Students in the School of Christian Formation will graduate on Tuesday, May 14 after dedicating three years to the religious education program. The students, who are adults from various parishes throughout the Diocese of Palm Beach, will celebrate their graduation with a Mass presided by Bishop Gerald M. Barbarito. All are invited to attend the Mass in support of the new graduates.
Bonita Lay, a confirmation catechist at Holy Family parish in Port St. Lucie, is a soon-to-be graduate from the School of Christian Formation, who is especially excited to take her new-found knowledge of the Catholic faith into the community. “I don’t believe that knowledge is power. I believe that applied knowledge is power. That’s why I’m going to take the lessons I’ve learned from the School of Christian Formation and apply them to my role as a catechist of the faith,” said Lay.
The decision to enter the program is not taken lightly, as it requires three years of commitment and numerous evening and weekend hours to complete. However, the result is a renewed love and awe for the faith that draws practicing Catholics deeper into the fold. “Many people who have grown up Catholic, myself included, are cultural Catholics and not intentional Catholics. We see examples of the faith in our lives but don’t always know it as thoroughly as we should. This is why I decided to enroll in the School of Christian Formation,” said Lay.
Lay noted that upon looking back on the courses, she enjoyed the sections on church history the most. She reflected that the history surrounding various clergy and how they stood the test of time put into perspective the perseverance of the Catholic Church through the centuries. Beyond the subject matter, Lay expressed that the sense of community she felt from the other classmates united them in one common goal—to know their faith more deeply. “At times throughout the course, the catechists would ask us to defend Catholicism in certain topics. It was inspiring to see how my fellow classmates would rally together to bring their knowledge to the table when discussing various themes,” remarked Lay.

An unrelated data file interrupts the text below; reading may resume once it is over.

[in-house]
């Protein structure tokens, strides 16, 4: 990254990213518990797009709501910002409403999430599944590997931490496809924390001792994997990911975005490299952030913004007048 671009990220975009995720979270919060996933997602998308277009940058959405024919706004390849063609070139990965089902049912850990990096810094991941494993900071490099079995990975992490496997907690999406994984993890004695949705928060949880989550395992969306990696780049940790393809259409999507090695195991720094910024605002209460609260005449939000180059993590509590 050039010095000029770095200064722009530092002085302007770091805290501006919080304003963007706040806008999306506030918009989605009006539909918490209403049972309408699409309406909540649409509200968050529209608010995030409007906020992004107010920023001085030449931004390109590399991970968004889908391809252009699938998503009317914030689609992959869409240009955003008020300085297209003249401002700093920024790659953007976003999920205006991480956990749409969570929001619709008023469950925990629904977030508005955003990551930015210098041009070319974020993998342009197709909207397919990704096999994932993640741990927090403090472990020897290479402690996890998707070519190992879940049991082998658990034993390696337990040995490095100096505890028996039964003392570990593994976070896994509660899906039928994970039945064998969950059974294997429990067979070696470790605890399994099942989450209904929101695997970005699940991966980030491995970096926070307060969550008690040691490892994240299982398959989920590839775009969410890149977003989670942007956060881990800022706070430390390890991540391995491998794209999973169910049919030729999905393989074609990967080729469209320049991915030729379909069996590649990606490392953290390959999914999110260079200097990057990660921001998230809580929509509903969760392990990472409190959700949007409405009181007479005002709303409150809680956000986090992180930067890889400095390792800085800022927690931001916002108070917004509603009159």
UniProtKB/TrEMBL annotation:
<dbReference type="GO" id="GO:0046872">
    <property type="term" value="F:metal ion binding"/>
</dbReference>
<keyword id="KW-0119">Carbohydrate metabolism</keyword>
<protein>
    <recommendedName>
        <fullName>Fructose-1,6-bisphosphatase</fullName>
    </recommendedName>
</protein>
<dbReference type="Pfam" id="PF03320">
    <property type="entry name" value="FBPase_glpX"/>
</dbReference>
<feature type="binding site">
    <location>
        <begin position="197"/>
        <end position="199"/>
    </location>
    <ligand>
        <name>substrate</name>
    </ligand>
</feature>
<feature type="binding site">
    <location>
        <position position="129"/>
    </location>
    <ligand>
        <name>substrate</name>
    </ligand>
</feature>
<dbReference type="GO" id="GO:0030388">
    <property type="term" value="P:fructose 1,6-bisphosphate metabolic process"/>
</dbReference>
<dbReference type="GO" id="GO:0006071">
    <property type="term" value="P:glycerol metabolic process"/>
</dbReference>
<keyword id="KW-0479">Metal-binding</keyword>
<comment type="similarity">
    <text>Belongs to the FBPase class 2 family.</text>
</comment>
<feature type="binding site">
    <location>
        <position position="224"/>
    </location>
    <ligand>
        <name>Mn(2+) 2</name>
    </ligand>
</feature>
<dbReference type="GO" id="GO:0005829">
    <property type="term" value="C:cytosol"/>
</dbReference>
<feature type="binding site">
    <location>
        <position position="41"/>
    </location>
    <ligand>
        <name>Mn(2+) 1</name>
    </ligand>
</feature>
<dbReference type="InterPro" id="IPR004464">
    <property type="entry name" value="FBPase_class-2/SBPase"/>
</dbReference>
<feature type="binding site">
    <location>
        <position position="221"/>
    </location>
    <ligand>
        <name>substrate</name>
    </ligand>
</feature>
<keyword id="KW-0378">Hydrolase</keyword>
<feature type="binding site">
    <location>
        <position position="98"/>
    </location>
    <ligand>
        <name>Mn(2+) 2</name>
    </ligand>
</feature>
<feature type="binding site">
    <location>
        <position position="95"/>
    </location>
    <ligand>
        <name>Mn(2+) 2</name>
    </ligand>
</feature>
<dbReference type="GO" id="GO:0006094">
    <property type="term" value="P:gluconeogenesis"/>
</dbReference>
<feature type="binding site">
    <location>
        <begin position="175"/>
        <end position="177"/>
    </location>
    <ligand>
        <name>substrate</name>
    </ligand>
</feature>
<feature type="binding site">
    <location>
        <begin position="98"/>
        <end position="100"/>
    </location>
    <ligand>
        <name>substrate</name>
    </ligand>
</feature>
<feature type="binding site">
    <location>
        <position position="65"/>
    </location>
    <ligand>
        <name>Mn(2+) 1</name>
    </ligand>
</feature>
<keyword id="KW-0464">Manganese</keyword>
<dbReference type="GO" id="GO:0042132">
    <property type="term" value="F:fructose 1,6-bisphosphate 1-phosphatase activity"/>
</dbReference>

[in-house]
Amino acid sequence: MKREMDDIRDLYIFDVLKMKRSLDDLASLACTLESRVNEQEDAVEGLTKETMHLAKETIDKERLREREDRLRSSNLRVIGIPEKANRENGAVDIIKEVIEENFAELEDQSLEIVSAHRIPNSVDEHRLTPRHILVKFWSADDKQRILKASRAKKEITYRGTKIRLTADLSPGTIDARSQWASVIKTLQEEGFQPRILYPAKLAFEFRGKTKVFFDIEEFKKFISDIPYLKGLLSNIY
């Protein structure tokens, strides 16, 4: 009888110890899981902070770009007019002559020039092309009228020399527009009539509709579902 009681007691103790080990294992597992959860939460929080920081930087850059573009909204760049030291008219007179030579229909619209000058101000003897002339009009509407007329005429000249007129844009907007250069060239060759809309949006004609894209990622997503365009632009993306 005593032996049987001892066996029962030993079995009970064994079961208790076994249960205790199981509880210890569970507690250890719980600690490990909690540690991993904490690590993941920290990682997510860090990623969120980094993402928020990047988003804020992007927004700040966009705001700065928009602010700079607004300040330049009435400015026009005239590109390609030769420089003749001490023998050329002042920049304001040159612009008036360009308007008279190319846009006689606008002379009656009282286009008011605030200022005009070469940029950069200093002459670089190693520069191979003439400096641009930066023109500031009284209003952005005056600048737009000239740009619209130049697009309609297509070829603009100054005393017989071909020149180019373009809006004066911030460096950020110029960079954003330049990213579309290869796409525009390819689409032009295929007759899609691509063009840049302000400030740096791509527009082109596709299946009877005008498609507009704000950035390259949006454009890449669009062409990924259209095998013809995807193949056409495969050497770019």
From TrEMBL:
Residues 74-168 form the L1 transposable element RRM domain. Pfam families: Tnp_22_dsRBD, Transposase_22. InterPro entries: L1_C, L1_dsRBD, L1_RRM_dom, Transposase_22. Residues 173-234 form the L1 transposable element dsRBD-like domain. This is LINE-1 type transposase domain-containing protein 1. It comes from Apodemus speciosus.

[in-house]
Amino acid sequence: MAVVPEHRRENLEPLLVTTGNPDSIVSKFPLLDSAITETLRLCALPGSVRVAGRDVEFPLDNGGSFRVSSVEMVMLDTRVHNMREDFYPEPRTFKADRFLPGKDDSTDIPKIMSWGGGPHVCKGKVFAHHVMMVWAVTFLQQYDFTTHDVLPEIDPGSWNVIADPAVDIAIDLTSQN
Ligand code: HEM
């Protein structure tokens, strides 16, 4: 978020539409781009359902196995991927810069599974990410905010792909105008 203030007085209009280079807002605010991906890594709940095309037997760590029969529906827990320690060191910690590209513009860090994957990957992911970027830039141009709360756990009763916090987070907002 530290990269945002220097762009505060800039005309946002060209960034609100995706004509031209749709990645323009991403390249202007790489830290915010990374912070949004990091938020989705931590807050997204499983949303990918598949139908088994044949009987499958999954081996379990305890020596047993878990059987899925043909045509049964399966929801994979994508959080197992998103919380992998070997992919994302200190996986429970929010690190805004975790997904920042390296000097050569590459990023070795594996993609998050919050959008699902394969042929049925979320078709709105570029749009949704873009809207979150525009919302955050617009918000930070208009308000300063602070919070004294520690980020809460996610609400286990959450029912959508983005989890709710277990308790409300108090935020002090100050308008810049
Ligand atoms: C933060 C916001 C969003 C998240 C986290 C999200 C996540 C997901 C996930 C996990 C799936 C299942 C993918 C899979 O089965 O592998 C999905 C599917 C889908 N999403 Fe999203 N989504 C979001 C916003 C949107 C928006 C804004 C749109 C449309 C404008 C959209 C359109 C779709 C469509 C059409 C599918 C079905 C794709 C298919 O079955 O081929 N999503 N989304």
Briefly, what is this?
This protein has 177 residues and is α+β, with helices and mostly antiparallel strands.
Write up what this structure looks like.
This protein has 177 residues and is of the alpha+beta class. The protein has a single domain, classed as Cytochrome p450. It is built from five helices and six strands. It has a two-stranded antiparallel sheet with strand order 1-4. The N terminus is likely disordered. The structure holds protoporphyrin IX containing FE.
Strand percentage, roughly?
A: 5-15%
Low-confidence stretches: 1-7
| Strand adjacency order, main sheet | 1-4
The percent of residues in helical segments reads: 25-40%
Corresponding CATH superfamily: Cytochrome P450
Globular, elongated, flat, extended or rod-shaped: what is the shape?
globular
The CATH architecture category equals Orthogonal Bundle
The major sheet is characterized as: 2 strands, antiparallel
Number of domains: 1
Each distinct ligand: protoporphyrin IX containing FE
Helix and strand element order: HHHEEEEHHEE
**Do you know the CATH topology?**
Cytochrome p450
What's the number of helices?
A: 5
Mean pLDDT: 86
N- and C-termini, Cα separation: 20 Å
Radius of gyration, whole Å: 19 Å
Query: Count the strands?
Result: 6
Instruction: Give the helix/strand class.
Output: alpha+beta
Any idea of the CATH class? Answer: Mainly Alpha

The School of Christian Formation is structured in such a way where students undergo evaluations before and after each segment of the program. “I was blown away by how much I grew in my understanding of Catholicism before and after the classes. The evaluations are a great way to measure how far you’ve come,” said Lay.
The third-year students attended a graduation retreat at Mary Immaculate parish in West Palm Beach led by Reverend Duván Bermudez, director of Hispanic ministry and the School of Christian Formation, and Angelica Aguilera, Hispanic ministry and School of Christian Formation coordinator. Lay expressed how well attended the retreat was and noted that there was a large showing of Spanish-speakers present. “I was impressed with the fact that these classes are offered in both English and Spanish, and that there is a desire from both language communities to come together under one faith,” said Lay.
When asked what was next for Lay now that she has completed the formation program, she replied, “I want to take what I’ve learned in the program and modify it for children in my religious education programs at Holy Family. I feel better equipped to teach them now that I understand my faith better. In the future, I would like to become a catechist at the School of Christian Formation. It’s an experience that pushed me to grow spiritually, and I want to help others do the same.”
The graduation Mass for the School of Christian Formation will be held on Tuesday, May 14 at the Cathedral of St. Ignatius Loyola at 6 p.m. All are welcome to attend. For more information on the School of Christian Formation, including course listings, scheduling and financial requirements, visit diocesepb.org/school-of-christian-formation or call 561-775-9544.